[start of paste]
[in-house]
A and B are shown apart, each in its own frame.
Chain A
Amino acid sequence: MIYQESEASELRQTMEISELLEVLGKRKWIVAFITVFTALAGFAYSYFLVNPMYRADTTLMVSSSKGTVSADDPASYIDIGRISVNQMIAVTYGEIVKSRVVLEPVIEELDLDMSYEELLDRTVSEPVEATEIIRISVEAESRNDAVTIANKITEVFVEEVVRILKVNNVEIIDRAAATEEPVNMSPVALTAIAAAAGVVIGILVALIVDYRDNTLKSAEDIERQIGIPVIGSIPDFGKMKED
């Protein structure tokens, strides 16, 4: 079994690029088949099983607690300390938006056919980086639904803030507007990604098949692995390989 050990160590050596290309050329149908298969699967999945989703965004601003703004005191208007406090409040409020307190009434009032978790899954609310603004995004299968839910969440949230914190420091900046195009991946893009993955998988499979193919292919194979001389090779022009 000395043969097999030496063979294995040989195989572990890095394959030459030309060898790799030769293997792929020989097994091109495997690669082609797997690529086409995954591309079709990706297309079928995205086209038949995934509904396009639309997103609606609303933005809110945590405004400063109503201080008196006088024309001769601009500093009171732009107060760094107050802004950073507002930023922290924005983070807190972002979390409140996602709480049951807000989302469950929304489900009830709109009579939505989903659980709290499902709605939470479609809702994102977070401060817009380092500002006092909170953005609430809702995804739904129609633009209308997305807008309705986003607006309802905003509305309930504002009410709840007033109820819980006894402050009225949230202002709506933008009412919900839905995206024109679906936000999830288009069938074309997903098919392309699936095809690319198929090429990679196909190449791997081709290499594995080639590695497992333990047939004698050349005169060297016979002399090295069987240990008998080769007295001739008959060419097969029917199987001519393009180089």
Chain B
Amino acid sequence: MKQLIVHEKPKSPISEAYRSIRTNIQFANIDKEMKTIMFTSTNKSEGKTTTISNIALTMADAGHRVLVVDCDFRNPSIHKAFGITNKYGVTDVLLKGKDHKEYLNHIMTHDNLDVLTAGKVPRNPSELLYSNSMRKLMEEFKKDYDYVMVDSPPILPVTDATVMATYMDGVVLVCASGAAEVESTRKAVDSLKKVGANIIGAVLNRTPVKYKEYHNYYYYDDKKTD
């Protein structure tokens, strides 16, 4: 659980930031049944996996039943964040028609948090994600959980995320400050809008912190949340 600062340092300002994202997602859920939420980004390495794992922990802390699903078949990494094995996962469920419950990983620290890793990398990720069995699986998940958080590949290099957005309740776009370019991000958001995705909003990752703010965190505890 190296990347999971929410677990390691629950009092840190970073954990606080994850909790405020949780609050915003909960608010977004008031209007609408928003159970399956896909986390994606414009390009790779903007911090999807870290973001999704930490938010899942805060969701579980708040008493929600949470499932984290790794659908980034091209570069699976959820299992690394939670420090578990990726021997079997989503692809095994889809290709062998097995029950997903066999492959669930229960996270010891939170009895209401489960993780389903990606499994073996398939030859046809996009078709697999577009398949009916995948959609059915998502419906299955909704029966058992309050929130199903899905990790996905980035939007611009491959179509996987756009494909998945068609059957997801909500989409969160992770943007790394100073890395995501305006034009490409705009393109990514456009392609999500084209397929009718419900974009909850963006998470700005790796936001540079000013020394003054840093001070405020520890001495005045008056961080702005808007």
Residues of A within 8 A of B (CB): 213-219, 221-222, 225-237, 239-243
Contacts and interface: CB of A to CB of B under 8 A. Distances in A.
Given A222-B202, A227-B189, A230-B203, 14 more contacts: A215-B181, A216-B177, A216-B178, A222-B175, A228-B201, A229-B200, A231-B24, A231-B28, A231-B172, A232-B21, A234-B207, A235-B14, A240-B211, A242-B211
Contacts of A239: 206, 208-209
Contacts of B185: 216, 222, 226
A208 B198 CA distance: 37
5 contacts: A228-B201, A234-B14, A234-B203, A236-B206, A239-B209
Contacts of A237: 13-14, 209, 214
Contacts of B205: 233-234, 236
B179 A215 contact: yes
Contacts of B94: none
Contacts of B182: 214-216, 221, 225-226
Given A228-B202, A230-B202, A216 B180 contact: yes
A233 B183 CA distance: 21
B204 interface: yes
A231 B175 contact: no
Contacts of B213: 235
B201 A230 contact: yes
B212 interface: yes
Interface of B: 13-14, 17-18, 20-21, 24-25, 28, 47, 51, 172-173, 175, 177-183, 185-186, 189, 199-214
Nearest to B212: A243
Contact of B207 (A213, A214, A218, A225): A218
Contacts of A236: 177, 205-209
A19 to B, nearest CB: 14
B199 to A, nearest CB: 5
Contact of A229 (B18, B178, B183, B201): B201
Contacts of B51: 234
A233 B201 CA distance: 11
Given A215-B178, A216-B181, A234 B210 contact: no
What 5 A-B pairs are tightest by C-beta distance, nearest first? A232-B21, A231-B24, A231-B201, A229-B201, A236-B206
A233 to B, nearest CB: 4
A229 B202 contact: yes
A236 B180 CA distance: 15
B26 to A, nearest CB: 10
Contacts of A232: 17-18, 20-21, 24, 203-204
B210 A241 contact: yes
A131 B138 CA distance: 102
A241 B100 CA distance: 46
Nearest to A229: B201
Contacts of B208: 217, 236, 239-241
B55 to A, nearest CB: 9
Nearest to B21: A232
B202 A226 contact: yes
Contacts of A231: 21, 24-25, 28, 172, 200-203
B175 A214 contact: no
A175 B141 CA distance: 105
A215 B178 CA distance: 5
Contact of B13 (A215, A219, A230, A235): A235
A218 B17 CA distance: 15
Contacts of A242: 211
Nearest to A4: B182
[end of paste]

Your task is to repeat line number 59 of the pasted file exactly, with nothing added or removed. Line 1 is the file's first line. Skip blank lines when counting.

Nearest to A4: B182